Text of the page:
The wallpaper went up, I did a happy dance, and I painted the fireplace from dark grey to white. I didn’t like it. It felt too stark, too bright, too “HERE I AM, I AM THE FIREPLACE”, and given that I wasn’t feeling the love for the style of the fireplace any more, this simply wouldn’t do. I’d wanted marble, so I had a lightbulb moment. If I couldn’t change the shape, or change it to marble, I could at least make it look like marble! A paint effect! How very 1980s of me!
Now when it comes to marble, I like a deep, strong vein. I don’t know how to make that sound less filthy, so I won’t try. I love a massive hunk of Arabescato or Calacatta, so that was my starting point. And, should you fancy having a go at this yourself, I’m going to tell you how I did it. What’s more, I also made a video (below), as it’s always more useful to see these things in action. Let’s make like Linda Barker and get our rag roll on!
What you need
- Grey paint – whatever shade matches the look you’re going for. I used some leftovers – Farrow & Ball “Railings” eggshell mixed with “Wimborne White” eggshell to lighten it.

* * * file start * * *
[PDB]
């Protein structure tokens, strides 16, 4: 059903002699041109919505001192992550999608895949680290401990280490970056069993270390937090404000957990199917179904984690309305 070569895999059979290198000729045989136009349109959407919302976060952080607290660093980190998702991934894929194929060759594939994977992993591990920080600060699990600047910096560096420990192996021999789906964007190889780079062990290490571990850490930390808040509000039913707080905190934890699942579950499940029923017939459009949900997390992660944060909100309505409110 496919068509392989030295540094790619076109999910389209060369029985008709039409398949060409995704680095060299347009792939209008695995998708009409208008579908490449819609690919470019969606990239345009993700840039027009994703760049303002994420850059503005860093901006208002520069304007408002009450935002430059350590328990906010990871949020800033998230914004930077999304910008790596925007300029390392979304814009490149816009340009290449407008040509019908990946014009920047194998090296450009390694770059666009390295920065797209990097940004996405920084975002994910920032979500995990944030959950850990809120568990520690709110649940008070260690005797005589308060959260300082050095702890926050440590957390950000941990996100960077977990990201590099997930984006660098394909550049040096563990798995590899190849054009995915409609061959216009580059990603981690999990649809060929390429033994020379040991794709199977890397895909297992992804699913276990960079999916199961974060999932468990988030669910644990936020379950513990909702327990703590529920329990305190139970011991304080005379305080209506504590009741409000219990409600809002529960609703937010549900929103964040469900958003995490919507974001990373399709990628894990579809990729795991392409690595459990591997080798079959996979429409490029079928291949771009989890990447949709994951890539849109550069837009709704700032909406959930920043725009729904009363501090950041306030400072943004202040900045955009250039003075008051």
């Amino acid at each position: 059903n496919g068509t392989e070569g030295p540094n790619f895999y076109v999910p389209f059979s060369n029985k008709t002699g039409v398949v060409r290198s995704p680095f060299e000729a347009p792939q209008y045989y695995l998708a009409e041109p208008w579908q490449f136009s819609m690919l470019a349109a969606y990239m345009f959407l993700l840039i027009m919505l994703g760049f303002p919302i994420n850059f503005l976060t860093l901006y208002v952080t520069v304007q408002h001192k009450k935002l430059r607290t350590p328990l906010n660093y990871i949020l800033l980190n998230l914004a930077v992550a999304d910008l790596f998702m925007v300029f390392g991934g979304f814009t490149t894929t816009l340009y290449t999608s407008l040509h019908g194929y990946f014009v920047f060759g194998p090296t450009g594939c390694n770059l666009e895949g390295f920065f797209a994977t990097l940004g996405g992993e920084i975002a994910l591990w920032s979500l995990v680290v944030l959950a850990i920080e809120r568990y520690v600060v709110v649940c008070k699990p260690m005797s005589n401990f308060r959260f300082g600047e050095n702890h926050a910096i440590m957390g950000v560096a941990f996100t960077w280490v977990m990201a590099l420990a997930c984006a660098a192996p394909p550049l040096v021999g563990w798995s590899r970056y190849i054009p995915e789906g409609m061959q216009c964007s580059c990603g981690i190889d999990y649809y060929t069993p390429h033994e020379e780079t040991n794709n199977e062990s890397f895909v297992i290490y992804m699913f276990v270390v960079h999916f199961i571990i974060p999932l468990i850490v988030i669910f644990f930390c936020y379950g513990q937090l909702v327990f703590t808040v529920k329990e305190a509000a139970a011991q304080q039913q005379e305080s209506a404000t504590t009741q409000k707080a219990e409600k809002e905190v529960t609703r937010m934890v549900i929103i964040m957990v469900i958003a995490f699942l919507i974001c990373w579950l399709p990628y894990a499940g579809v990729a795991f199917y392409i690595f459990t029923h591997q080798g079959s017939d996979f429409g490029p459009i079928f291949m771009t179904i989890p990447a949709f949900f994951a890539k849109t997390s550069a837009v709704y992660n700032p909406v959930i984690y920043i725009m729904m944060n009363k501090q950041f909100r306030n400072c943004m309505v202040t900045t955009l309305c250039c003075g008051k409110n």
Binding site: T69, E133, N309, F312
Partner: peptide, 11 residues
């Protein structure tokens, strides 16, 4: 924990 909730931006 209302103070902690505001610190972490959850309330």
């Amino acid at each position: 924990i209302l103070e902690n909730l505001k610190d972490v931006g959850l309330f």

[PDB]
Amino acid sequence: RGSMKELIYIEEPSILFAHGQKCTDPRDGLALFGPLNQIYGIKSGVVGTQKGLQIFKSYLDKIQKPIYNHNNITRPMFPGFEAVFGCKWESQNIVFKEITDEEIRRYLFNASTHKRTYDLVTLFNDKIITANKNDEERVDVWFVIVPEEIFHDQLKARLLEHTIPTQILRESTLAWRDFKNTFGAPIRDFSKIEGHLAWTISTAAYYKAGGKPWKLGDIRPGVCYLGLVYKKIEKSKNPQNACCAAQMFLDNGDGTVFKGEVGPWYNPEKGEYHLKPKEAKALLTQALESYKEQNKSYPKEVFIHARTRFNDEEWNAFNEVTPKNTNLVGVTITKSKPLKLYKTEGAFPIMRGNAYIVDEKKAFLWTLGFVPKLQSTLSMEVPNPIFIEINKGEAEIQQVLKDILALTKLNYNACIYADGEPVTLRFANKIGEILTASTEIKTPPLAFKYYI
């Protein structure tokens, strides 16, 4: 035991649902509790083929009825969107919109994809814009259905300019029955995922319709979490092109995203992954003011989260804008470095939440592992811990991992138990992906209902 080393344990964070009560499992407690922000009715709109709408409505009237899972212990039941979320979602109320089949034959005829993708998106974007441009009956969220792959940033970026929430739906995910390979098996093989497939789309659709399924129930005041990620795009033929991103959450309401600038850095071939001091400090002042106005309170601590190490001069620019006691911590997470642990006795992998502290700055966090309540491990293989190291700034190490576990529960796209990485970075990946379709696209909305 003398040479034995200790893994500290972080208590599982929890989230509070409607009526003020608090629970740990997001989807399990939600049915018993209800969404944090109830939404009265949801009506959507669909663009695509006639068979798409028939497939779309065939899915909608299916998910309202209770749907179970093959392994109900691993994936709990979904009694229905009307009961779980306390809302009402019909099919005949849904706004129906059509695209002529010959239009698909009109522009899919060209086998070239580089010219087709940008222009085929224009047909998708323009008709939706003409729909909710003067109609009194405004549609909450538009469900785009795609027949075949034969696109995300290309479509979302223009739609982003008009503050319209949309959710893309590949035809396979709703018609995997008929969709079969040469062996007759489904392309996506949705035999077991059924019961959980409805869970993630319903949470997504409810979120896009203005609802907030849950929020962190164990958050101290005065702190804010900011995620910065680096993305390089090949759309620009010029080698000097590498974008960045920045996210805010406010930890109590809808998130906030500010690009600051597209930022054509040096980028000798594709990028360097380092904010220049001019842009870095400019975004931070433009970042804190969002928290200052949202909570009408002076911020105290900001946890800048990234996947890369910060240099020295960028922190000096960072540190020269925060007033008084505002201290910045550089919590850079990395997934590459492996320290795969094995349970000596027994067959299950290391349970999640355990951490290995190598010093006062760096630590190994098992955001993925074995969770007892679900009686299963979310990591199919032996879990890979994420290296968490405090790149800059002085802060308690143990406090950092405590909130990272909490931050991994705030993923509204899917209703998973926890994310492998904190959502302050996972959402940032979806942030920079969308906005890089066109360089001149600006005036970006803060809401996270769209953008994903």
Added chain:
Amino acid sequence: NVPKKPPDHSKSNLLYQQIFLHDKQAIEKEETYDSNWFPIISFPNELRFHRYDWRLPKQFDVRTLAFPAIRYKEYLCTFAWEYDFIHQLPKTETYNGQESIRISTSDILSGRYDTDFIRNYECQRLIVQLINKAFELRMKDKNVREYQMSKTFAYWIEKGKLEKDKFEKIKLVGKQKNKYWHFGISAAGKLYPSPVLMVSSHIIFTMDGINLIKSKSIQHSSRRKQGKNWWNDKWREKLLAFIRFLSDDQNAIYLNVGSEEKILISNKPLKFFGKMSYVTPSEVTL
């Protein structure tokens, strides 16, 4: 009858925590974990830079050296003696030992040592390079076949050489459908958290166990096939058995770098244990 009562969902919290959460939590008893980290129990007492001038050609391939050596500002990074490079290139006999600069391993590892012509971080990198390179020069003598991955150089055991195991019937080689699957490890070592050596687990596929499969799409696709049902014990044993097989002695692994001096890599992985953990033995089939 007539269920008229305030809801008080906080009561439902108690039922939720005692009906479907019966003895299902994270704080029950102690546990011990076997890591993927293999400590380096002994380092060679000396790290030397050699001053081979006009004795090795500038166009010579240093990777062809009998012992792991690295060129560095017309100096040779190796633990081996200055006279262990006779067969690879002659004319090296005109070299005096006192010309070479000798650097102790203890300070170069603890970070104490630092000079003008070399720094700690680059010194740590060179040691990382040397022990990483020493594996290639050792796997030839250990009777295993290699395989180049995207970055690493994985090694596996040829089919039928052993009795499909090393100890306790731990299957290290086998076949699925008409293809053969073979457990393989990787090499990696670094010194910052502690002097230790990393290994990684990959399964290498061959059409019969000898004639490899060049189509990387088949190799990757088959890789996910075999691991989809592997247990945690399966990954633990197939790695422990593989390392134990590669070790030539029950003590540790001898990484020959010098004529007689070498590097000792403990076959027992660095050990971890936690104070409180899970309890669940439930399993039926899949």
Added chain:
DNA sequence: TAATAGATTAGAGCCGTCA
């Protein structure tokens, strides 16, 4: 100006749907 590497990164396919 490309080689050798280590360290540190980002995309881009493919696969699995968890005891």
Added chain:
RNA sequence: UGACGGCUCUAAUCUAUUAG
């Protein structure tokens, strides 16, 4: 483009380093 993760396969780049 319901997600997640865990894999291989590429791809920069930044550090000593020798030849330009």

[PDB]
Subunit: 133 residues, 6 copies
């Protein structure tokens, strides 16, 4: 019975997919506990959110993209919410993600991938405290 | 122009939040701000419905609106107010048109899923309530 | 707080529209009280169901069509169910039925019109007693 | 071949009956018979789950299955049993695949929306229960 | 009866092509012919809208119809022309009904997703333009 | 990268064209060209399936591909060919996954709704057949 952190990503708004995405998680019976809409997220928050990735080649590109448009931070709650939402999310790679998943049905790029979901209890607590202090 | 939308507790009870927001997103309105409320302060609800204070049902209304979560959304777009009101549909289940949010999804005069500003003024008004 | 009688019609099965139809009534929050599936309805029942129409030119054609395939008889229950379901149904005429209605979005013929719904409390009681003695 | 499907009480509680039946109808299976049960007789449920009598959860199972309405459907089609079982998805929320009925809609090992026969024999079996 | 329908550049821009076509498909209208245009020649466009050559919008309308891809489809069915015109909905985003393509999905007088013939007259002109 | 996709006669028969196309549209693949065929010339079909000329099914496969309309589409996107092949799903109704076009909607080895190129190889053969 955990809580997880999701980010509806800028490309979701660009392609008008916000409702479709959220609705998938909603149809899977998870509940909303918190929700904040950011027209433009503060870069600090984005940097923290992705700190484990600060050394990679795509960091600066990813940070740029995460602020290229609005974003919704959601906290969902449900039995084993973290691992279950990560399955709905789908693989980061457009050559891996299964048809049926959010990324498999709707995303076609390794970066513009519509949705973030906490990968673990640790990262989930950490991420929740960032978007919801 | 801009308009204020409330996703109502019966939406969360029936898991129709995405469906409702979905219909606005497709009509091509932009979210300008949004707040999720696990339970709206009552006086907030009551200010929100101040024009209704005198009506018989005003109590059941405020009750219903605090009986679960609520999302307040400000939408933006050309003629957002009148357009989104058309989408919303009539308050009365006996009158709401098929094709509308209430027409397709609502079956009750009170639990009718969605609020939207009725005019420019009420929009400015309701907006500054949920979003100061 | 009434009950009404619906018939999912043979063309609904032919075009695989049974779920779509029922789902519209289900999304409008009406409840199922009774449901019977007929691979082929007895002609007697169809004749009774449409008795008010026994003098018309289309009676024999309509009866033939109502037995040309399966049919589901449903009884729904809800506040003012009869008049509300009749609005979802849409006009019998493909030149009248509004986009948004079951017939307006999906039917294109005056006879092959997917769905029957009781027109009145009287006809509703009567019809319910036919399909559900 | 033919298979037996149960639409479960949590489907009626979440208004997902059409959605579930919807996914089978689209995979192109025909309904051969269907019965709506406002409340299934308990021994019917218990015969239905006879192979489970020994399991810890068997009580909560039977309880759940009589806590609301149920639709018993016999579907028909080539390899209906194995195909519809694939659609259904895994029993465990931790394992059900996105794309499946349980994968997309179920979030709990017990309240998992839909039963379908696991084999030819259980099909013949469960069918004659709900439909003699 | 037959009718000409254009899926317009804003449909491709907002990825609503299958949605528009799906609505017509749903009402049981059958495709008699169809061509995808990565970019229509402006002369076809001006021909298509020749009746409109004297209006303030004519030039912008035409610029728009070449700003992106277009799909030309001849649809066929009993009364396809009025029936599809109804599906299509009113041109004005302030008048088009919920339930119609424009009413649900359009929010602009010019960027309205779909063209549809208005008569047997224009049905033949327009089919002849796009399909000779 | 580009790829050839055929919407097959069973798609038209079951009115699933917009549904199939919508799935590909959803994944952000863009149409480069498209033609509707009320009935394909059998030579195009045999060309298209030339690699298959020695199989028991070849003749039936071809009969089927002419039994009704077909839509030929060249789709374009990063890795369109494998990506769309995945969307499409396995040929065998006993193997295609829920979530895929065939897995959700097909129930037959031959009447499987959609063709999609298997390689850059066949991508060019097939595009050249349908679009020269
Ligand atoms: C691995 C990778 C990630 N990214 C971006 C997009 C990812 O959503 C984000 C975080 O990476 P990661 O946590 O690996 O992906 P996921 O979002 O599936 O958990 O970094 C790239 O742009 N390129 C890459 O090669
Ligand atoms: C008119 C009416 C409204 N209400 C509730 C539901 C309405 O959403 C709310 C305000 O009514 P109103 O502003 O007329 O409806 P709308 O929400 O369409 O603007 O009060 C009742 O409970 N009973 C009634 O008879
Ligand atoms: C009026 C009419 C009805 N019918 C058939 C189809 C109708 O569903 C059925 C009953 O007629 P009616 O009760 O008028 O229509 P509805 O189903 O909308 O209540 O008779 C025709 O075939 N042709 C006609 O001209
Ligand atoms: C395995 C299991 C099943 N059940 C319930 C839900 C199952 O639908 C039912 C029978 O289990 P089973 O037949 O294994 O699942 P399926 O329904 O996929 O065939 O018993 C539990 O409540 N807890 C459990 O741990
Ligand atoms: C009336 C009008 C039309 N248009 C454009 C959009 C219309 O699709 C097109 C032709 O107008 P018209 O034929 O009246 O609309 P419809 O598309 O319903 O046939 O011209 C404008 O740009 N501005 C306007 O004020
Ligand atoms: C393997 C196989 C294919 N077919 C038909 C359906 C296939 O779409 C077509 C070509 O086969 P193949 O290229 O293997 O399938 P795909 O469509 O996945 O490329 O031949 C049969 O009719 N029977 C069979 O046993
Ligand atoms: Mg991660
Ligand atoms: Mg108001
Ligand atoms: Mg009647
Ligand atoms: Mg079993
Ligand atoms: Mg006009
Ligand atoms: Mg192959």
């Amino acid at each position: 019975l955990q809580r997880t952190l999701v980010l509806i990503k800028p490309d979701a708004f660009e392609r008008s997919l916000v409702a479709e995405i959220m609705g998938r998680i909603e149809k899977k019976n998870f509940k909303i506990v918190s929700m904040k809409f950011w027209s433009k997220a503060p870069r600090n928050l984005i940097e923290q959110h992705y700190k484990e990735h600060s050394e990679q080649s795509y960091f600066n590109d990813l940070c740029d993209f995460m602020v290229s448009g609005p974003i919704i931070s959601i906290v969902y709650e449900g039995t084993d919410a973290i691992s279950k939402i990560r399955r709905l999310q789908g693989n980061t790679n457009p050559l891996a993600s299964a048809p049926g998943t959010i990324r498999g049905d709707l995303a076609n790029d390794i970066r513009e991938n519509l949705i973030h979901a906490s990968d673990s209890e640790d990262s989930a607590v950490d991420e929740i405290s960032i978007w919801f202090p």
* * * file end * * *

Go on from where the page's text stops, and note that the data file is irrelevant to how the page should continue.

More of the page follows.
- White paint – the aforementioned Wimborne, in my case. Any shade of white will do, as long as you’re happy with it. I’d already painted my fireplace this colour anyway, so that was that.
- Two artist’s sponges, damp and pliable but not soaking wet.
- Large, long-bristled decorating paintbrush (I started out using one but it actually wasn’t really necessary, so feel free to sack this one off).
- A variety of fine artist’s paintbrushes (go cheap, we’re not recreating the ceiling of the Sistine Chapel).
- A feather or, as I wasn’t massively up for stalking the streets of Yorkshire looking for a pigeon’s manky cast-offs, a small piece of torn cardboard will do.
- A picture of the sort of marble you’re aiming to recreate, to work from.